The fishing boat that Hemingway used to trawl the Caribbean for blue-fin tuna during the last 27 years of his life was perhaps the only thing he ever loved purely in his lifetime. It saw him through three marriages, winning the Nobel Prize, alcoholism and a deeply ambivalent relationship with his son Gigi - a brilliant doctor and transvestite. In this profoundly beautiful biography, Hendrickson uses the motif of Hemingway's beloved boat to navigate the complexities of this volatile, conflicted man - his pleasures, weaknesses and insecurities.
Drawing on years of interviews and conversations with Leigh Fermor and his closest friends, this beautifully crafted biography portrays a man of extraordinary gifts - widely considered to be the greatest travel writer of our time.
Summerscale, of more recent 'Mr. Whicher' fame, was writing obituaries for the Telegraph when she came upon the extraordinary story of 'Joe' Carstairs, a unique character who became a leading light in the glamorous lesbian demi-monde of the 1920s. Tiring of her celebrity Carstairs bought the Bahamian island of Whale Cay, to which she retreated, creating her own eccentric kingdom. This is a magnificently researched and highly entertaining biography of a character that was truly stranger than fiction.
An insightful work of investigative journalism in which Bardach exposes the compelling truth of the ongoing, bloody vendetta between Miami and Havana that has persisted since Castro's rise to power. Drawing on first-hand accounts from both sides, and from both victims and perpetrators, this is a provocative portrait of Cuba that exposes some of the unglamorous realities behind its charming facade.
Beckles paints a vivid, unbiased portrait of Barbadian history from settlement, through colonisation, slave trading, independence and late 20th century nationalism. Scholarly and informed, he perhaps indulges in more economic analysis than the average reader needs, but his book remains the finest of its kind.
Taking the form of an extended, transcribed conversation with his biographer Ignacio Ramonet, this is a hugely readable and fascinating account of Castro's life in his own words. Revelling in his astonishing erudition and formidable self-belief, the Cuban leader recounts his remarkable story in epic detail.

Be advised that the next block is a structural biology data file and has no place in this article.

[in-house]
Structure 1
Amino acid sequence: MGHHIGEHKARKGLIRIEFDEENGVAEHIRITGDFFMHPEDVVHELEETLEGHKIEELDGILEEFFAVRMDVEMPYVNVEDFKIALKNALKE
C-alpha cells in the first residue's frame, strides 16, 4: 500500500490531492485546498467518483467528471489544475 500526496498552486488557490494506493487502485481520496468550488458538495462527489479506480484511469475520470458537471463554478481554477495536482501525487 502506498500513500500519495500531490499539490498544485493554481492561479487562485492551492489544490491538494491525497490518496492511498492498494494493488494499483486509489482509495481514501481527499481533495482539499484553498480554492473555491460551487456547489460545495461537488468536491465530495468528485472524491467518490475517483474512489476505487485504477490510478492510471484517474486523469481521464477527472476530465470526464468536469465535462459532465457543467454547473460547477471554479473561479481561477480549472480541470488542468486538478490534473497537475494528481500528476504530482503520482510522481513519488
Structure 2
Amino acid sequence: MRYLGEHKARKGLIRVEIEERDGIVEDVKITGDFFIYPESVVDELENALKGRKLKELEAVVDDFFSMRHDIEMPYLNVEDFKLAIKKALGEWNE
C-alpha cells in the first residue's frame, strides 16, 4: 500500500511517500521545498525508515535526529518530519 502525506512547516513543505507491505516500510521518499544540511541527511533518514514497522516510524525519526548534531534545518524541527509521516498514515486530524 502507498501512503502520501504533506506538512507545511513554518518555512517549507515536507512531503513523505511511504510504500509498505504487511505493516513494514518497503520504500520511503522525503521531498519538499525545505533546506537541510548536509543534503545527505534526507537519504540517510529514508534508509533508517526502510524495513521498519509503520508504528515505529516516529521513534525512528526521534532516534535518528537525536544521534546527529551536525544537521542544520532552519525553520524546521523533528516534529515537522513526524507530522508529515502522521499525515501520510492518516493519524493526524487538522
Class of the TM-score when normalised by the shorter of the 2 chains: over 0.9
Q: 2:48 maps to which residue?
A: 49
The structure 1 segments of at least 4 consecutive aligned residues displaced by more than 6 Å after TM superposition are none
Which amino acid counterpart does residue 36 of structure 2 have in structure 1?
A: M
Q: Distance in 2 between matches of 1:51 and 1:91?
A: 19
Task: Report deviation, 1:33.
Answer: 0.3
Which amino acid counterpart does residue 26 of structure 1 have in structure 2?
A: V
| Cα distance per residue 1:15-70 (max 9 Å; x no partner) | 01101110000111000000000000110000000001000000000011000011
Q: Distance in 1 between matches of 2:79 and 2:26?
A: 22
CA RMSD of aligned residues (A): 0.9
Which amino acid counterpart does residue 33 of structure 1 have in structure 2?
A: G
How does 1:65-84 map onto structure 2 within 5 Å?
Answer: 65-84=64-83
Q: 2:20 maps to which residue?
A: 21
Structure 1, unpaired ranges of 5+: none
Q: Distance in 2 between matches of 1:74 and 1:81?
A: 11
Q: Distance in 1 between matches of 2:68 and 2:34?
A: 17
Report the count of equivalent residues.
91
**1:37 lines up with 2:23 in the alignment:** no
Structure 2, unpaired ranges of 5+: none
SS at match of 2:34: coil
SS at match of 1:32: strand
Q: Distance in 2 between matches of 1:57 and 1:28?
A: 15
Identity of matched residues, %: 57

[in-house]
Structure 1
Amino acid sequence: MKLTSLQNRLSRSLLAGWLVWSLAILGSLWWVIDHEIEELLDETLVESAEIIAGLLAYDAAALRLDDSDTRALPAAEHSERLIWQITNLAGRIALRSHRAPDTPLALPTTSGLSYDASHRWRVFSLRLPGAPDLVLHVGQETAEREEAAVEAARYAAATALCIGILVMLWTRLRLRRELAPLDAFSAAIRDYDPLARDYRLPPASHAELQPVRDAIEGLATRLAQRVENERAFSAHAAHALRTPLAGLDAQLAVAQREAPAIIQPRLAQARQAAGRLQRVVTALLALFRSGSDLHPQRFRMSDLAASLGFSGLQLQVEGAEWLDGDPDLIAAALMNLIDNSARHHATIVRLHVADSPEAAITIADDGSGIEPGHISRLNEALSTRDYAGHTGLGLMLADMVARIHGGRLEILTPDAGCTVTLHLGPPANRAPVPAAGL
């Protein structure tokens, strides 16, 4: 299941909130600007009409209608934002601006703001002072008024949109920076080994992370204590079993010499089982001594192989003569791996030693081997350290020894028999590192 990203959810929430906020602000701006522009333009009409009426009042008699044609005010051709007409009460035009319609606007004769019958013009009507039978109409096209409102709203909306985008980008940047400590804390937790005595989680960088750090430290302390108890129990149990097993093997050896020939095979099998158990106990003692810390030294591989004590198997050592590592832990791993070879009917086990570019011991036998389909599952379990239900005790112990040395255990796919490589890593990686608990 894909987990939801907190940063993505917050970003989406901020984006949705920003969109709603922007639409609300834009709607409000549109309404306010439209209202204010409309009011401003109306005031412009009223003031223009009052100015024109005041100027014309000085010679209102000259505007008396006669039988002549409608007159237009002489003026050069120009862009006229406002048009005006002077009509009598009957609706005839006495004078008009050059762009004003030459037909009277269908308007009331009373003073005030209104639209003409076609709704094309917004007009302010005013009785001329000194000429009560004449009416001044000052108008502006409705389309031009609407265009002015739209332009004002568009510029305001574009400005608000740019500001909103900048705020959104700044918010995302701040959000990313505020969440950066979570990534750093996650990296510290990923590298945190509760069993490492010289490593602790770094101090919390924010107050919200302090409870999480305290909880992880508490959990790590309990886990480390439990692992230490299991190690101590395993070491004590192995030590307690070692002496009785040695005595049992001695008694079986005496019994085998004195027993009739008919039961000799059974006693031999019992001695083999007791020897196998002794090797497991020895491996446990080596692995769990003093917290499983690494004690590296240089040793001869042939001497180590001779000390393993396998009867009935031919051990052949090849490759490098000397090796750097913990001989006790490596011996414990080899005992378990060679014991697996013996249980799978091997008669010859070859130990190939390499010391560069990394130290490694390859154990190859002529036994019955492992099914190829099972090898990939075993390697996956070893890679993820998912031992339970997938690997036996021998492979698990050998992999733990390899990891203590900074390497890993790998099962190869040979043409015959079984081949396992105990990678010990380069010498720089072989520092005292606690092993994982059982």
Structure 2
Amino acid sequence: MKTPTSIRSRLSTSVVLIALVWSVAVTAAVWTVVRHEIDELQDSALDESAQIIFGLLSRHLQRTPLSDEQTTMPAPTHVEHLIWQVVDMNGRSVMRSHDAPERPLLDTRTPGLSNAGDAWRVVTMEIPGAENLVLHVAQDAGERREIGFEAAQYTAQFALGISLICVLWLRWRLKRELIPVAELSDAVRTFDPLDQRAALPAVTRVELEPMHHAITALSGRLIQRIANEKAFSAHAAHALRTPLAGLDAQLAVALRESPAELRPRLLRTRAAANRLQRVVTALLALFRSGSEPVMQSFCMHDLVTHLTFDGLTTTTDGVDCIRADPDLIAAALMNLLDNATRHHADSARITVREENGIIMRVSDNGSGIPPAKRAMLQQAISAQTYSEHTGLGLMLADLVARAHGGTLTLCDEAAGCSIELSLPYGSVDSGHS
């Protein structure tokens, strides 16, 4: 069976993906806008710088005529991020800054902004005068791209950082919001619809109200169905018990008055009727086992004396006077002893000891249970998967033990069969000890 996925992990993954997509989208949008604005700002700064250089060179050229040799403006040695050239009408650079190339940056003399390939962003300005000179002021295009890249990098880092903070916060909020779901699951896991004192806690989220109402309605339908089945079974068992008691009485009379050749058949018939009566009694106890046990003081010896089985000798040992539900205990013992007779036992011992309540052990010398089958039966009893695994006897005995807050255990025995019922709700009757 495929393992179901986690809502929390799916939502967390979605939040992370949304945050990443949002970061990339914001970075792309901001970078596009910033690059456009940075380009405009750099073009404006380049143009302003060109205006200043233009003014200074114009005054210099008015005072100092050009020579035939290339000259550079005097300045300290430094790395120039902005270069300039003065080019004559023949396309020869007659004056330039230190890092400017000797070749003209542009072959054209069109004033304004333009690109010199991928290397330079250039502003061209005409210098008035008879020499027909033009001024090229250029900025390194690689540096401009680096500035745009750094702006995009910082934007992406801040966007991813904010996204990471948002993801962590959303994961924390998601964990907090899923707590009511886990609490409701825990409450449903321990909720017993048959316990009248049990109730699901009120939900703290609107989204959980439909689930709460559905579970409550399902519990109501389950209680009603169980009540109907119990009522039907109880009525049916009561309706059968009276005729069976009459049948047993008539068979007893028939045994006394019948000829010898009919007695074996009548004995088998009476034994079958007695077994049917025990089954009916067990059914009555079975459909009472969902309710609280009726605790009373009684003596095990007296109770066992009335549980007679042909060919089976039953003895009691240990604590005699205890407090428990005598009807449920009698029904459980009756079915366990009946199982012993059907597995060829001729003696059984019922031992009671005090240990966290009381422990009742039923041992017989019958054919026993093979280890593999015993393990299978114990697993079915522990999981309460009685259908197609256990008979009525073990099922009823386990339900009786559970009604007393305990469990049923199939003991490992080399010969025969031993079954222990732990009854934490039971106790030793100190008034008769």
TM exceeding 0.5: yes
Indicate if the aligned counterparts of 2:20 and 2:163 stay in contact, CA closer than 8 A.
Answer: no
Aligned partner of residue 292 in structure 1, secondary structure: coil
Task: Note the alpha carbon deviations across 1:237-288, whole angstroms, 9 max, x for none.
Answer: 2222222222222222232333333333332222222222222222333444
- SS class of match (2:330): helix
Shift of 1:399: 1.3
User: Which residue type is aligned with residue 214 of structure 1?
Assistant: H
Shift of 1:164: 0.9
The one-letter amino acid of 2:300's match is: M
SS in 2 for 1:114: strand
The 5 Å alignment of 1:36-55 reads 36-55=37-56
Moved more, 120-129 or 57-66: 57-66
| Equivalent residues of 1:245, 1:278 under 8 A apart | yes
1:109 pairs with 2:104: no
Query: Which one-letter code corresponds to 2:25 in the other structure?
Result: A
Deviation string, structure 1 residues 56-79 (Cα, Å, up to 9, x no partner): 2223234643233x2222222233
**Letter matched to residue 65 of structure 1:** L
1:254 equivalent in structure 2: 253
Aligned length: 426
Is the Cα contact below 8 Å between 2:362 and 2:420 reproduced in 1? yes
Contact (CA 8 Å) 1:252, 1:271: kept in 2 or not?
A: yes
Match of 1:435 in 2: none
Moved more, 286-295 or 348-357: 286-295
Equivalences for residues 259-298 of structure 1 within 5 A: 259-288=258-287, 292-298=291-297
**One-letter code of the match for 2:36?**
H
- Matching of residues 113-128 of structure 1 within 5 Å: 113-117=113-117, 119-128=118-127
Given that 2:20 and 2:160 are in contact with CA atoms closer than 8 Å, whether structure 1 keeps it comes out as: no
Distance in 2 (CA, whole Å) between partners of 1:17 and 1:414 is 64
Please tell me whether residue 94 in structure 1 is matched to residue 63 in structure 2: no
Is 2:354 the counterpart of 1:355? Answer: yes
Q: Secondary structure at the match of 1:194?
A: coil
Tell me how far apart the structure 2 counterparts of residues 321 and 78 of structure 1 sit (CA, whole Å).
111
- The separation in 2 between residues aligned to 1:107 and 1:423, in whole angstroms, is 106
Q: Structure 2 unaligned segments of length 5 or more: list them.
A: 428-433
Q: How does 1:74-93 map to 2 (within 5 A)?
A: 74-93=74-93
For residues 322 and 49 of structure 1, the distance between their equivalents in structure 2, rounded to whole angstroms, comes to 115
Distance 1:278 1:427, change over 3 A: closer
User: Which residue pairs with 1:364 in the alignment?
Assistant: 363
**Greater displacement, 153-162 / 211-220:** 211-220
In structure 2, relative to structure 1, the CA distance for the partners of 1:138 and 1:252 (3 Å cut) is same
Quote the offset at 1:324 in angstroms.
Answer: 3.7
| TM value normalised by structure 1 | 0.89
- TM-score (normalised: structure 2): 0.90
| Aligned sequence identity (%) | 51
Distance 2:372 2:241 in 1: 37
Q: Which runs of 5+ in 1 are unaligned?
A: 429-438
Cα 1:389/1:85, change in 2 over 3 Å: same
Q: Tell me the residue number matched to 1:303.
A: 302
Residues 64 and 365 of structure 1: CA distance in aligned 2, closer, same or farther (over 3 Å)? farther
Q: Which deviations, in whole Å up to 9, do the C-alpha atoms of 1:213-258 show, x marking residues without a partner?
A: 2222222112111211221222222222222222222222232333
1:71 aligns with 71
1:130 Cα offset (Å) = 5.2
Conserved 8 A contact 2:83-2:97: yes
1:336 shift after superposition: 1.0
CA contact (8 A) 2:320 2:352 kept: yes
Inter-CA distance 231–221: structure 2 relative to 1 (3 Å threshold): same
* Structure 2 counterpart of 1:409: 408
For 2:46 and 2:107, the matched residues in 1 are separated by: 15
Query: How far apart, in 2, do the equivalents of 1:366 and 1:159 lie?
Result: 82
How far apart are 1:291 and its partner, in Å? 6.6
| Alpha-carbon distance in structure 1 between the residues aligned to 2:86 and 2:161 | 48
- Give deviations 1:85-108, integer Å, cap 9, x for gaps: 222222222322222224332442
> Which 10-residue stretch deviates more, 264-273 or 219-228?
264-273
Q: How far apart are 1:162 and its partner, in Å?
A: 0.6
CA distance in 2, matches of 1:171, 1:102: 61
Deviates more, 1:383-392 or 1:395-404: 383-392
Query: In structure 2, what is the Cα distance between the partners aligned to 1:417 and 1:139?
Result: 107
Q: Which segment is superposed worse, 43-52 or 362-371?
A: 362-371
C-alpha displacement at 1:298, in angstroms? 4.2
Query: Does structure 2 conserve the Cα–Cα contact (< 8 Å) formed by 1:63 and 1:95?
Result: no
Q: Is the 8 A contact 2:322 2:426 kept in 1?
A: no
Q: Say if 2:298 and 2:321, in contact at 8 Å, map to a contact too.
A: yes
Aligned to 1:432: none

The most recent history of Latin America from 1492, which focuses on Mexico, Brazil and Argentina. Illustrated with black and white photographs and maps, the style is accessible and lively making this the perfect introduction to a traveller or student.
A concise, scholarly guide to the history, culture, philosophy and the survival of the Mayan people. Includes luxurious colour photographs and black and white illustrations of the art, jewellery and the ruins.
A magnificent anthology - comprising poetry, fiction and non-fiction - that offers a varied insight into the many charms and challenges of Cuba. Authors included here range from expat greats like Hemingway, Ginsberg and Trollope to local writers like Alma Guillermoprieto. Essential holiday reading.
Passionate and knowledgeable, Estrada has written a stunning portrait of the city, covering everything from the arrival of Columbus and his crew to Hemingway's favourite end of the bar at La Bodeguita. Of great interest regardless of whether one is planning a trip, but crucial in that event.
Fermour's leisurely 1940s sojourn through the islands is richly recounted, alive with colourful quotidianness, infused with lush nature and filled with remarkable characters. His luminous poise is present on every page, and the era he captured now all the more interesting for having passed.
The perfect companion for any traveller, this is an anthology of writings about Mexico from two centuries of literature. From Graham Greene's defence of Mexican priests to an extract from John Steinbeck's The Pearl, see Mexico through the eyes of some of the greatest modern writers.
A wonderful Eland edition of Charles Flandrau's account of the five years he spent in Mexico at the end of the 19th century. Humorous, engaging and insightful, he described the country as "one long carelessly written but absorbing romance."
An outstanding account of Cuban history ranging from the 16th century influx of conquistadores to the uncertain future heralded by Castro's looming demise. Gott is authoritative yet accessible, passionate yet balanced.
The lawless terrain of the Sierra Madre Mountains in Northern Mexico is home to drug dealers, opium farmers, Tarahumara Indians and Mormons, and once upon a time captured the heart of journalist Richard Grant. This is a refreshing, exciting and charming collection of Grantâ€™s adventures, from the hilarious to the down-right deadly.
In the 1930s Graham Greene travelled across Mexico, a country devastated by a ten-year civil war, a campaign of enforced secularisation and a series of brutal anticlerical purges. His experiences would inspire his later novel The Power and the Glory.
Guevara's diaristic account of the revolution is essential reading for anyone interested in Cuban history, as well as the man himself and his cause. Packed with anecdotal observation and pleasingly light on ideological asides, the intimate detail of the struggle is brought vividly to light.
Not only considered one of the best sports books ever written, C L R James' ode to the game of cricket is a thoughtful interplay of memoir, commentary on colonialism and exploration of West Indian culture.